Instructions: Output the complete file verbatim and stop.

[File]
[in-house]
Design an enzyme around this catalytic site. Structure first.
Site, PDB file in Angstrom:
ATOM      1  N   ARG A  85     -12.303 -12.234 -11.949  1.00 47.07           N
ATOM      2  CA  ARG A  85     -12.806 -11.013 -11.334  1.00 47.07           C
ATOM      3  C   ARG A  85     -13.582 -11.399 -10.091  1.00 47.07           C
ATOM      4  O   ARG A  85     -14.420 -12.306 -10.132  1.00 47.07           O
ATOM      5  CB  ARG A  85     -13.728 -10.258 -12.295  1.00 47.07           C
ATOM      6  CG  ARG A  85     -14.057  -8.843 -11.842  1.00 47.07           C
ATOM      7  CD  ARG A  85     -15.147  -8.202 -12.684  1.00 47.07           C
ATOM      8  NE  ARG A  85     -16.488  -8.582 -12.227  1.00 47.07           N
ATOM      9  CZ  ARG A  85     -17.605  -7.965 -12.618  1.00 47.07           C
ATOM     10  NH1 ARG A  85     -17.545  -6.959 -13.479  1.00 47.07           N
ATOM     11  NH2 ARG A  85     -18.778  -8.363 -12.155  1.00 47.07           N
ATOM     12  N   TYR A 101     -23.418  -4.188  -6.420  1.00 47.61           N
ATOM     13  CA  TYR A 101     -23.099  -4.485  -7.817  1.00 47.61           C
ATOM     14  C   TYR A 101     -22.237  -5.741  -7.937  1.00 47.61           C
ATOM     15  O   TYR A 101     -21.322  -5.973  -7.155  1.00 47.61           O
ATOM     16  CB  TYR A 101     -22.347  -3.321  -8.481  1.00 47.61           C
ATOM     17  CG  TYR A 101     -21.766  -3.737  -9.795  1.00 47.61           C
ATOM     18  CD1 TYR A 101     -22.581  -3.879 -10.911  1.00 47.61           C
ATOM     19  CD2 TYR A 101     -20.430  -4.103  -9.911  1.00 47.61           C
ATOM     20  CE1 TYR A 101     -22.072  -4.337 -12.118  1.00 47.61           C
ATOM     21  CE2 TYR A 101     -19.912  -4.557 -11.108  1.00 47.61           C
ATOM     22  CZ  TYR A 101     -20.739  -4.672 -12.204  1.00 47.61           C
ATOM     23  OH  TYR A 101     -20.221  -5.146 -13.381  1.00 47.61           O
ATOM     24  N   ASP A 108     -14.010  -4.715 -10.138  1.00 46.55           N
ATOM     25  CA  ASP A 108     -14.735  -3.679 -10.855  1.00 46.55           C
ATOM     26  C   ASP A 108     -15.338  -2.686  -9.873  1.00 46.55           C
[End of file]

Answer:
[in-house]
Design an enzyme around this catalytic site. Structure first.
Site, PDB file in Angstrom:
ATOM      1  N   ARG A  85     -12.303 -12.234 -11.949  1.00 47.07           N
ATOM      2  CA  ARG A  85     -12.806 -11.013 -11.334  1.00 47.07           C
ATOM      3  C   ARG A  85     -13.582 -11.399 -10.091  1.00 47.07           C
ATOM      4  O   ARG A  85     -14.420 -12.306 -10.132  1.00 47.07           O
ATOM      5  CB  ARG A  85     -13.728 -10.258 -12.295  1.00 47.07           C
ATOM      6  CG  ARG A  85     -14.057  -8.843 -11.842  1.00 47.07           C
ATOM      7  CD  ARG A  85     -15.147  -8.202 -12.684  1.00 47.07           C
ATOM      8  NE  ARG A  85     -16.488  -8.582 -12.227  1.00 47.07           N
ATOM      9  CZ  ARG A  85     -17.605  -7.965 -12.618  1.00 47.07           C
ATOM     10  NH1 ARG A  85     -17.545  -6.959 -13.479  1.00 47.07           N
ATOM     11  NH2 ARG A  85     -18.778  -8.363 -12.155  1.00 47.07           N
ATOM     12  N   TYR A 101     -23.418  -4.188  -6.420  1.00 47.61           N
ATOM     13  CA  TYR A 101     -23.099  -4.485  -7.817  1.00 47.61           C
ATOM     14  C   TYR A 101     -22.237  -5.741  -7.937  1.00 47.61           C
ATOM     15  O   TYR A 101     -21.322  -5.973  -7.155  1.00 47.61           O
ATOM     16  CB  TYR A 101     -22.347  -3.321  -8.481  1.00 47.61           C
ATOM     17  CG  TYR A 101     -21.766  -3.737  -9.795  1.00 47.61           C
ATOM     18  CD1 TYR A 101     -22.581  -3.879 -10.911  1.00 47.61           C
ATOM     19  CD2 TYR A 101     -20.430  -4.103  -9.911  1.00 47.61           C
ATOM     20  CE1 TYR A 101     -22.072  -4.337 -12.118  1.00 47.61           C
ATOM     21  CE2 TYR A 101     -19.912  -4.557 -11.108  1.00 47.61           C
ATOM     22  CZ  TYR A 101     -20.739  -4.672 -12.204  1.00 47.61           C
ATOM     23  OH  TYR A 101     -20.221  -5.146 -13.381  1.00 47.61           O
ATOM     24  N   ASP A 108     -14.010  -4.715 -10.138  1.00 46.55           N
ATOM     25  CA  ASP A 108     -14.735  -3.679 -10.855  1.00 46.55           C
ATOM     26  C   ASP A 108     -15.338  -2.686  -9.873  1.00 46.55           C